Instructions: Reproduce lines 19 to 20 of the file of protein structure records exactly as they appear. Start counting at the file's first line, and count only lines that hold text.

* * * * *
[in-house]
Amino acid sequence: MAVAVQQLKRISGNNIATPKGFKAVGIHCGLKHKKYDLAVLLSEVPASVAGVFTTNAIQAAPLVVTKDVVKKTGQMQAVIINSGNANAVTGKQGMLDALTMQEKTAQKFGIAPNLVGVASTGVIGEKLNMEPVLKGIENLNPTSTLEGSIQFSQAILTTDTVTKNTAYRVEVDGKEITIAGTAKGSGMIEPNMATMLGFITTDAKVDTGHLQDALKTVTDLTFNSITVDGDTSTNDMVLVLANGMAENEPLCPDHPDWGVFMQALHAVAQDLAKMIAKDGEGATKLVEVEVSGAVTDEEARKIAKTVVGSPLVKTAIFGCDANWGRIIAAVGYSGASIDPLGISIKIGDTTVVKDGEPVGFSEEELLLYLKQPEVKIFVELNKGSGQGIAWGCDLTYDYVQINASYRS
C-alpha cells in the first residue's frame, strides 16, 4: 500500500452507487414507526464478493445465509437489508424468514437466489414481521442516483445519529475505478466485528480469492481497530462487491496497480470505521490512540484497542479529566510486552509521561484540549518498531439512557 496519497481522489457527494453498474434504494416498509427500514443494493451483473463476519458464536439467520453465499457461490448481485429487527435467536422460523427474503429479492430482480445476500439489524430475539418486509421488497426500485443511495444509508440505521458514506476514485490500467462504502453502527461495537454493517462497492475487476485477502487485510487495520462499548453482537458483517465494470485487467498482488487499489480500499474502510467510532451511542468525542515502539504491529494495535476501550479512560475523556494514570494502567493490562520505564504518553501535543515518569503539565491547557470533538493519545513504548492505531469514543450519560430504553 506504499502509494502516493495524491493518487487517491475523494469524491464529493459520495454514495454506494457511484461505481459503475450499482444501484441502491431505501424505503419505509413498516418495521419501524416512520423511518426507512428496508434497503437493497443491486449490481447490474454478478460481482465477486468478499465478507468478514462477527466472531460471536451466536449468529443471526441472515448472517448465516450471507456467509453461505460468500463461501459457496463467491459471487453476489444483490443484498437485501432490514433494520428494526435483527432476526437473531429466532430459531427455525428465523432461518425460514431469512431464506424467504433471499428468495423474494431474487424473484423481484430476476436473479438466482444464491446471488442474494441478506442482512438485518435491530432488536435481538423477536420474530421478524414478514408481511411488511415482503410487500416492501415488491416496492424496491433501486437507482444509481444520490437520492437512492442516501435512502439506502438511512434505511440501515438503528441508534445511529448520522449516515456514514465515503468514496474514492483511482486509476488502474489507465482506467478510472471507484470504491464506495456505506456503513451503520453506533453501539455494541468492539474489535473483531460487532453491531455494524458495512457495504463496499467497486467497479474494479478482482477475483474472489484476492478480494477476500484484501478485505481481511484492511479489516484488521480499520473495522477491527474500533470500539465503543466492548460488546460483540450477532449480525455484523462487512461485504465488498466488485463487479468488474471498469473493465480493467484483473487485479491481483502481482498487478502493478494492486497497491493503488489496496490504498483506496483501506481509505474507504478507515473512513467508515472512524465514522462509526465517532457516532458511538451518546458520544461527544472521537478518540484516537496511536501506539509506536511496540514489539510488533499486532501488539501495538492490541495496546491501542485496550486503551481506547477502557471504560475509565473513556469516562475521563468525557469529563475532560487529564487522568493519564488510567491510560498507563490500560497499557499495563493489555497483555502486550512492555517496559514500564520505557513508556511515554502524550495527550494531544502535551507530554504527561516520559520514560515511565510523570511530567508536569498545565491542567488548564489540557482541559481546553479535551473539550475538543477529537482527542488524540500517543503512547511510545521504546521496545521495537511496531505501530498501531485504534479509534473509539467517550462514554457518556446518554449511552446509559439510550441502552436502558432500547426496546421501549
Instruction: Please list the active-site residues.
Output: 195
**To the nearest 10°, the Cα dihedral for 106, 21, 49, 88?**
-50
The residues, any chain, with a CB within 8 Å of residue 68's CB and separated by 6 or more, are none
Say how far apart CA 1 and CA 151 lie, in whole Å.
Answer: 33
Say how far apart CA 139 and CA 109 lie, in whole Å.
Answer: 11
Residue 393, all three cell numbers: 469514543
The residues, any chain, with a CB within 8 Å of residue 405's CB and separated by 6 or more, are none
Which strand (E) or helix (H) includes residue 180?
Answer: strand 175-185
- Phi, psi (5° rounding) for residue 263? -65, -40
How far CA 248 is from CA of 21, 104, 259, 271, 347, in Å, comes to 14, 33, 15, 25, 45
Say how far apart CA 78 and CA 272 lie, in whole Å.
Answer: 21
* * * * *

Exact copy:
Say how far apart CA 78 and CA 272 lie, in whole Å.
Answer: 21